Q&A: Inside Goldman's Legal Department

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Goldman Sachs Associate General Counsel Heather Sahrbeck: "I like becoming an expert in something and then using that in the context of a company's commercial decisions."

Heather Sahrbeck is vice president and associate general counsel for investment bank Goldman Sachs. She oversees a group of 12 attorneys within the investment banking legal department, working on transactions such as securities offerings and mergers. In addition to her legal work, she shoulders some of the department's management tasks, including staffing and overseeing assignments.

Could you tell us about your career path?

I went to Duke University for both my undergraduate in political science and German, and law school, which I graduated in 1997. I went straight from undergrad to grad school. After that I worked at Davis Polk & Wardwell, a firm in New York where I specialized in securities and mergers and acquisitions until 2000. Then I joined Goldman Sachs as an associate in this group. I was promoted to vice president in 2002.

What are your thoughts on going straight from college to law school?

For me it was a good decision because I always knew I wanted to go to law school. But that is less and less common, and had I known of some of the opportunities that were available, I might have enjoyed taking a few years to work before getting my law degree. If you're not certain about whether you want to practice law, going straight through is not the thing do. Three years of law school is interesting, but it's also very difficult - and expensive.

Did you always know you wanted to practice corporate law?

I had no idea at first. Law school is geared toward litigation. It's very hard to teach someone how to be a corporate lawyer if they're not involved in a transaction. When I got to law school I really enjoyed the strategic thinking, but I didn't like the research and writing of briefs and memos. When I was a summer associate, I was exposed to the corporate side of law and I really enjoyed the transactional work and the commercial aspect of it. As opposed to litigation which is completely adversarial all the time, corporate law can be a very collaborative process, which I appreciate.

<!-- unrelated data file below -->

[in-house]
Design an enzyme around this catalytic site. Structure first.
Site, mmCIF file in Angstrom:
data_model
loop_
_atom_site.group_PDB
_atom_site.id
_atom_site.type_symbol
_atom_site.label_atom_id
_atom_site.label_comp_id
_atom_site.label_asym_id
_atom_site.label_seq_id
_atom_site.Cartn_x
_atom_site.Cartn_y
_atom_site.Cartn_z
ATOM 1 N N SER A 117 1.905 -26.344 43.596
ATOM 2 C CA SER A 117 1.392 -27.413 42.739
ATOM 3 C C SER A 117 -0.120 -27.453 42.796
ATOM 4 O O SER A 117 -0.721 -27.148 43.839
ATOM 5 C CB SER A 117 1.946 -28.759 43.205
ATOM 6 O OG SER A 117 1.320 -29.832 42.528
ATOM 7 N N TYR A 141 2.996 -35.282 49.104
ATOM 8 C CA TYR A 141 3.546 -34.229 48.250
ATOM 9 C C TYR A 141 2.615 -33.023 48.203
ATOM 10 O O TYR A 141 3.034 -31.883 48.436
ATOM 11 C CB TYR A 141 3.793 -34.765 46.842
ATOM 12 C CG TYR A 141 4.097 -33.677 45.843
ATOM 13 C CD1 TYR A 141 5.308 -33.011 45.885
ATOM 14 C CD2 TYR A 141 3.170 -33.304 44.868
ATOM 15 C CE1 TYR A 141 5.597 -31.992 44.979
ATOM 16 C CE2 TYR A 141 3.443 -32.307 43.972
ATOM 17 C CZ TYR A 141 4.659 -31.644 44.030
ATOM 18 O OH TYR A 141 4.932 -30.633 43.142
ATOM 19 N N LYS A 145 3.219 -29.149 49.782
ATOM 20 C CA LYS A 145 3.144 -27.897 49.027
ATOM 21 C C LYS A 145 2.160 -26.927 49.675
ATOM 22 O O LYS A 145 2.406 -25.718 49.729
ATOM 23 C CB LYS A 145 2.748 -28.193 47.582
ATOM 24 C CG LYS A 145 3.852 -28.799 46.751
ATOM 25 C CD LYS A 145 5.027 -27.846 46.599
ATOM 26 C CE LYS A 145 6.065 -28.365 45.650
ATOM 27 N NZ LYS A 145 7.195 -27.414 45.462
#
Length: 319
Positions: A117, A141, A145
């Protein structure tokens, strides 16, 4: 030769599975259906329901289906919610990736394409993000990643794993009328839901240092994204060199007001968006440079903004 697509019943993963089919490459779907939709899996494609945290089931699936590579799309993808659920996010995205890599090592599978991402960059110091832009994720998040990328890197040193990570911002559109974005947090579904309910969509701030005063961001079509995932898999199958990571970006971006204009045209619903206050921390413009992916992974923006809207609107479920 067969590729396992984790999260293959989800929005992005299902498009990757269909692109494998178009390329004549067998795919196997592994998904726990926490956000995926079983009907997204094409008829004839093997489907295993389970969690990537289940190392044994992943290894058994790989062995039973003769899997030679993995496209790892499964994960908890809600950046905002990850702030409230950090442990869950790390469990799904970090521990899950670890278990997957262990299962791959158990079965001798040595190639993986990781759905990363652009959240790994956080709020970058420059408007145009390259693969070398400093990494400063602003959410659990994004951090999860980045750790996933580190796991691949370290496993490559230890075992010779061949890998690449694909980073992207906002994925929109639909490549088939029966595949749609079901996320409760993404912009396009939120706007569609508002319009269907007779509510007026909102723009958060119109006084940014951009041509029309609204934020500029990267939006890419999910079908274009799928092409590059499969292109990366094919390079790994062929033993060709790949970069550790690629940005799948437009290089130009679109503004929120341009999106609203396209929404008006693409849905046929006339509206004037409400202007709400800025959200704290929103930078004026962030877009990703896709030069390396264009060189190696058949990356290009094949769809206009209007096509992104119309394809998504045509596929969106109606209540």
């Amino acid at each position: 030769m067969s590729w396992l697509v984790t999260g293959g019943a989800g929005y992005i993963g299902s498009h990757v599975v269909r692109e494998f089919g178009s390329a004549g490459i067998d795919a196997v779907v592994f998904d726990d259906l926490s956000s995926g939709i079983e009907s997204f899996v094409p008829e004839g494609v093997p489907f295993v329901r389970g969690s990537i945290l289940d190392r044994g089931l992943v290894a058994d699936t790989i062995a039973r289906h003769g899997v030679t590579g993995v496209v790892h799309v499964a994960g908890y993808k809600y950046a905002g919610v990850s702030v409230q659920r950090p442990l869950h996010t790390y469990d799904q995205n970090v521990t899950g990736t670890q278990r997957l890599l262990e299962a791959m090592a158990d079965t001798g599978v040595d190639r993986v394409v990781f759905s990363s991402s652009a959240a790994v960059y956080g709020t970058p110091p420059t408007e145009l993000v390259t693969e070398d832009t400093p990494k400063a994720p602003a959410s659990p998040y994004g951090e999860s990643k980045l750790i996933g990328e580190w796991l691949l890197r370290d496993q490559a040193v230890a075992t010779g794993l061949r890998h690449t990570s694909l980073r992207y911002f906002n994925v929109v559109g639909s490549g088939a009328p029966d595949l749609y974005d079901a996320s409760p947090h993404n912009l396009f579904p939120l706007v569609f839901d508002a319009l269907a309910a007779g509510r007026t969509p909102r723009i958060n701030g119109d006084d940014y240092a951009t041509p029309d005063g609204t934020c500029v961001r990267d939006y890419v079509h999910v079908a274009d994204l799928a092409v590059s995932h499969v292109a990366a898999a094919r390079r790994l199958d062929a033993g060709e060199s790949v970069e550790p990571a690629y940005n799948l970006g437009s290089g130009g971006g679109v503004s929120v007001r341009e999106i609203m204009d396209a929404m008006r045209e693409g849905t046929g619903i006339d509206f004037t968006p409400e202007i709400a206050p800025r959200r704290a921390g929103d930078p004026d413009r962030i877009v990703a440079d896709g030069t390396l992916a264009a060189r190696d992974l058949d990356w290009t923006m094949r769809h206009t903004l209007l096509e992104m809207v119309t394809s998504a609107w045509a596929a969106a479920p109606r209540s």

What is a typical day for you?

Being in-house counsel offers a slightly better lifestyle than at an outside law firm. Because we work a lot with outside firms, they are the ones working on documents overnight.

That said, we're all on call 24/7, even though we might be in the office from 8:30 a.m. to 7:30 p.m. With cell phones and BlackBerrys everyone now expects immediate responses.

At any one time I am working on 50 to 60 transactions. It's impossible to take a deep dive into any one, so the one with the most complexities gets tackled first. I might spend an hour or two on a conference call discussing disclosure issues relating to a securities offering, meeting with a client to go over an engagement letter for a merger, talking about a potential structure for a new security with a banker, or training bankers on a new policy or procedure. It's also a lot of putting out fires.

What do you like most about your job?

A lot of people who work at a law firm get really burned out, but I enjoy what I do. I like becoming an expert in something and then using that in the context of a company's commercial decisions. It allows me to see the fruits of my labor. Since Goldman Sachs is my client, I really get to know my client well. These are benefits of working for a corporation, as opposed to an outside firm.

Anything you don't like about your job?

It would be great not be on call 24/7, but that is the nature of the job.

Any advice you would give someone looking to get into law?

It's important to really understand the reasons you want to go to law school. If you're going to law school, you should have some goal of using that law degree. If you're not sure right out of college, it's not a bad idea to seek out a job to figure out where you might fit in best.

In our legal department we have an analyst program designed for those who are interested in both banking and law. Each year, about half do go on to law school, and the other half stay here and pursue banking.

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